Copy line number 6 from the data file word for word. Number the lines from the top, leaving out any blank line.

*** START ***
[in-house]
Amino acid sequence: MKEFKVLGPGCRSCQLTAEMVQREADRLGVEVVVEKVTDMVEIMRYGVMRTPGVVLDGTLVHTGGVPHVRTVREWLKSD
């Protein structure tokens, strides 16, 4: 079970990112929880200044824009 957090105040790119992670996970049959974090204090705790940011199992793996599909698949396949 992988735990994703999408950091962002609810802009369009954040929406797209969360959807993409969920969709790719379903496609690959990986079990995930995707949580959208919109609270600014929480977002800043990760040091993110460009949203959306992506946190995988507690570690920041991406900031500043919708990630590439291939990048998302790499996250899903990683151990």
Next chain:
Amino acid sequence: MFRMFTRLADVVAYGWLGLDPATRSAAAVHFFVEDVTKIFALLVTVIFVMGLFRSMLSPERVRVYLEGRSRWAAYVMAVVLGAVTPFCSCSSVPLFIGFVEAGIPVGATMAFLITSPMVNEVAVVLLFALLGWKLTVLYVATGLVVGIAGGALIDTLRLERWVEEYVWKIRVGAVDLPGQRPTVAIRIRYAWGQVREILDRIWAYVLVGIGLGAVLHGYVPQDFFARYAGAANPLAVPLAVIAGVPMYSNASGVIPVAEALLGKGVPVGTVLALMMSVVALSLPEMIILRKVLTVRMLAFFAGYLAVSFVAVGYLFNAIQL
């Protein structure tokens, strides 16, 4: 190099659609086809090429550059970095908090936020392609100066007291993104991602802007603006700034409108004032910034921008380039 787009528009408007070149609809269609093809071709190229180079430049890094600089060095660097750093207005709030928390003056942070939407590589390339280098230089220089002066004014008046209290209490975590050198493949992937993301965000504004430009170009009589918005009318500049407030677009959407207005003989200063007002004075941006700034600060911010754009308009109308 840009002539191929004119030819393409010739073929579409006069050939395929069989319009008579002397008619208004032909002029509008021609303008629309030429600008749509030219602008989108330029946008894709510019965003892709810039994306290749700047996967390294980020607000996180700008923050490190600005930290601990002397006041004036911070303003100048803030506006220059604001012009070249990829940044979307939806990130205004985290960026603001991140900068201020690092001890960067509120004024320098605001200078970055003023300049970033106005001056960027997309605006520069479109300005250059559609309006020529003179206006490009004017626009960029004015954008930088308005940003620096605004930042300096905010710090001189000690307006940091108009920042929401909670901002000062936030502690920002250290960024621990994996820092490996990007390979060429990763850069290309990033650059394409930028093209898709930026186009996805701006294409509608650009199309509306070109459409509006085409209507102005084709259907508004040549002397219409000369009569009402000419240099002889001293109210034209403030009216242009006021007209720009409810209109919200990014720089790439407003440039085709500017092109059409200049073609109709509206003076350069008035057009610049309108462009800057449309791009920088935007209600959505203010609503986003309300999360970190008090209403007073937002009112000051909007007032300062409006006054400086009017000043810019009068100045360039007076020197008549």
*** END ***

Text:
């Protein structure tokens, strides 16, 4: 190099659609086809090429550059970095908090936020392609100066007291993104991602802007603006700034409108004032910034921008380039 787009528009408007070149609809269609093809071709190229180079430049890094600089060095660097750093207005709030928390003056942070939407590589390339280098230089220089002066004014008046209290209490975590050198493949992937993301965000504004430009170009009589918005009318500049407030677009959407207005003989200063007002004075941006700034600060911010754009308009109308 840009002539191929004119030819393409010739073929579409006069050939395929069989319009008579002397008619208004032909002029509008021609303008629309030429600008749509030219602008989108330029946008894709510019965003892709810039994306290749700047996967390294980020607000996180700008923050490190600005930290601990002397006041004036911070303003100048803030506006220059604001012009070249990829940044979307939806990130205004985290960026603001991140900068201020690092001890960067509120004024320098605001200078970055003023300049970033106005001056960027997309605006520069479109300005250059559609309006020529003179206006490009004017626009960029004015954008930088308005940003620096605004930042300096905010710090001189000690307006940091108009920042929401909670901002000062936030502690920002250290960024621990994996820092490996990007390979060429990763850069290309990033650059394409930028093209898709930026186009996805701006294409509608650009199309509306070109459409509006085409209507102005084709259907508004040549002397219409000369009569009402000419240099002889001293109210034209403030009216242009006021007209720009409810209109919200990014720089790439407003440039085709500017092109059409200049073609109709509206003076350069008035057009610049309108462009800057449309791009920088935007209600959505203010609503986003309300999360970190008090209403007073937002009112000051909007007032300062409006006054400086009017000043810019009068100045360039007076020197008549």